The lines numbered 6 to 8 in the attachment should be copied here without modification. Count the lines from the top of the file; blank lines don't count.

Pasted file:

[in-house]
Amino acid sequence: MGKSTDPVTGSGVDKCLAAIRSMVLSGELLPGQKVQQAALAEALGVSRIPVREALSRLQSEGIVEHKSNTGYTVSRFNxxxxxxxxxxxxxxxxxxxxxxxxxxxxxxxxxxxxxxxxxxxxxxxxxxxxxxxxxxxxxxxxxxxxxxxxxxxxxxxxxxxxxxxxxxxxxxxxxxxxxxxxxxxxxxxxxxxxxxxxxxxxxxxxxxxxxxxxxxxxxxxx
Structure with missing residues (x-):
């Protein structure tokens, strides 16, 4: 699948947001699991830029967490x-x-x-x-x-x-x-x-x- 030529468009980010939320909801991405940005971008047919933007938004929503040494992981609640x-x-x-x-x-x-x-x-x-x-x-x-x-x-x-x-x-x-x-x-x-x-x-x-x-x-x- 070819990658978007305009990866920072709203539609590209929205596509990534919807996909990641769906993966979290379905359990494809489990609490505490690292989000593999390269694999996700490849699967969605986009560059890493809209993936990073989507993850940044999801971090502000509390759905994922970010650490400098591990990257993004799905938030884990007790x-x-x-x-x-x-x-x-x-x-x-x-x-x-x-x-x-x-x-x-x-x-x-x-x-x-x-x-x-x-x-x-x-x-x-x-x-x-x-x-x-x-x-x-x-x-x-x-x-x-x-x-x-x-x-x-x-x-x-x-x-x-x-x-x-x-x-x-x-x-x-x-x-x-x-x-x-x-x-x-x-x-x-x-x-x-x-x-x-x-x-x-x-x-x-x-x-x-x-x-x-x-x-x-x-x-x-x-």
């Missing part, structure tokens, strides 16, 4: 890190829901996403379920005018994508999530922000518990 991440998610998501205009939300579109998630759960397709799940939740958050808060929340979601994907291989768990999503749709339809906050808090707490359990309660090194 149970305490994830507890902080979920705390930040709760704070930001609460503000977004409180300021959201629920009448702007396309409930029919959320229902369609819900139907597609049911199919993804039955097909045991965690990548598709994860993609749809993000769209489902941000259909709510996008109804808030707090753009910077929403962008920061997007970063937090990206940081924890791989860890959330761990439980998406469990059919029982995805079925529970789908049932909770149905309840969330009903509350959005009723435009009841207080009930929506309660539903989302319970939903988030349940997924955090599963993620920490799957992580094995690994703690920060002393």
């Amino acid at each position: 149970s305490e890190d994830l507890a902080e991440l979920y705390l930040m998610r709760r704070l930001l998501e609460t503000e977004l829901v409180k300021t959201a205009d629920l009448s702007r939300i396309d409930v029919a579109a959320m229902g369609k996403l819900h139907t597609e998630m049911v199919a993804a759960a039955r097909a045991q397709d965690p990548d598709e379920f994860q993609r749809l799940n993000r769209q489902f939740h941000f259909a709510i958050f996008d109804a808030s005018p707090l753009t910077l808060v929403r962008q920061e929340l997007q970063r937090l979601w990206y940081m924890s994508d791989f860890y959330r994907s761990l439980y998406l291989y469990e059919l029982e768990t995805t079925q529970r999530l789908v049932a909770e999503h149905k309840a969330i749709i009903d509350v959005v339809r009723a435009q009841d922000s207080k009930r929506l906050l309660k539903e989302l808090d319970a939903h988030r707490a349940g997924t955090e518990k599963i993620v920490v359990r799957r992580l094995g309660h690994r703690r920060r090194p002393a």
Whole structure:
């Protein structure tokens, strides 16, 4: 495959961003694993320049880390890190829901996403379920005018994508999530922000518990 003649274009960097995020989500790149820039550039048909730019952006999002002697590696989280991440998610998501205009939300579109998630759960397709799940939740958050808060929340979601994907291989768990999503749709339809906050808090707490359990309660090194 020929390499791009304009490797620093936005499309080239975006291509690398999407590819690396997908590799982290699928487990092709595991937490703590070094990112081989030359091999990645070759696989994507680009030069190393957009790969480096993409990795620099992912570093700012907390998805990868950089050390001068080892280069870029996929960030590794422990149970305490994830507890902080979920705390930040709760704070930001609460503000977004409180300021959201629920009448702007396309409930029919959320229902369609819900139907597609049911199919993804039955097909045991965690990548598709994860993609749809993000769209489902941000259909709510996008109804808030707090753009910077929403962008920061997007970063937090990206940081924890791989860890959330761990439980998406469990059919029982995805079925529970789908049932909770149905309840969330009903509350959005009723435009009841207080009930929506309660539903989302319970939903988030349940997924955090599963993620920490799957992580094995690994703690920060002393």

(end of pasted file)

């Amino acid at each position: 149970s305490e890190d994830l507890a902080e991440l979920y705390l930040m998610r709760r704070l930001l998501e609460t503000e977004l829901v409180k300021t959201a205009d629920l009448s702007r939300i396309d409930v029919a579109a959320m229902g369609k996403l819900h139907t597609e998630m049911v199919a993804a759960a039955r097909a045991q397709d965690p990548d598709e379920f994860q993609r749809l799940n993000r769209q489902f939740h941000f259909a709510i958050f996008d109804a808030s005018p707090l753009t910077l808060v929403r962008q920061e929340l997007q970063r937090l979601w990206y940081m924890s994508d791989f860890y959330r994907s761990l439980y998406l291989y469990e059919l029982e768990t995805t079925q529970r999530l789908v049932a909770e999503h149905k309840a969330i749709i009903d509350v959005v339809r009723a435009q009841d922000s207080k009930r929506l906050l309660k539903e989302l808090d319970a939903h988030r707490a349940g997924t955090e518990k599963i993620v920490v359990r799957r992580l094995g309660h690994r703690r920060r090194p002393a």
Whole structure:
């Protein structure tokens, strides 16, 4: 495959961003694993320049880390890190829901996403379920005018994508999530922000518990 003649274009960097995020989500790149820039550039048909730019952006999002002697590696989280991440998610998501205009939300579109998630759960397709799940939740958050808060929340979601994907291989768990999503749709339809906050808090707490359990309660090194 020929390499791009304009490797620093936005499309080239975006291509690398999407590819690396997908590799982290699928487990092709595991937490703590070094990112081989030359091999990645070759696989994507680009030069190393957009790969480096993409990795620099992912570093700012907390998805990868950089050390001068080892280069870029996929960030590794422990149970305490994830507890902080979920705390930040709760704070930001609460503000977004409180300021959201629920009448702007396309409930029919959320229902369609819900139907597609049911199919993804039955097909045991965690990548598709994860993609749809993000769209489902941000259909709510996008109804808030707090753009910077929403962008920061997007970063937090990206940081924890791989860890959330761990439980998406469990059919029982995805079925529970789908049932909770149905309840969330009903509350959005009723435009009841207080009930929506309660539903989302319970939903988030349940997924955090599963993620920490799957992580094995690994703690920060002393």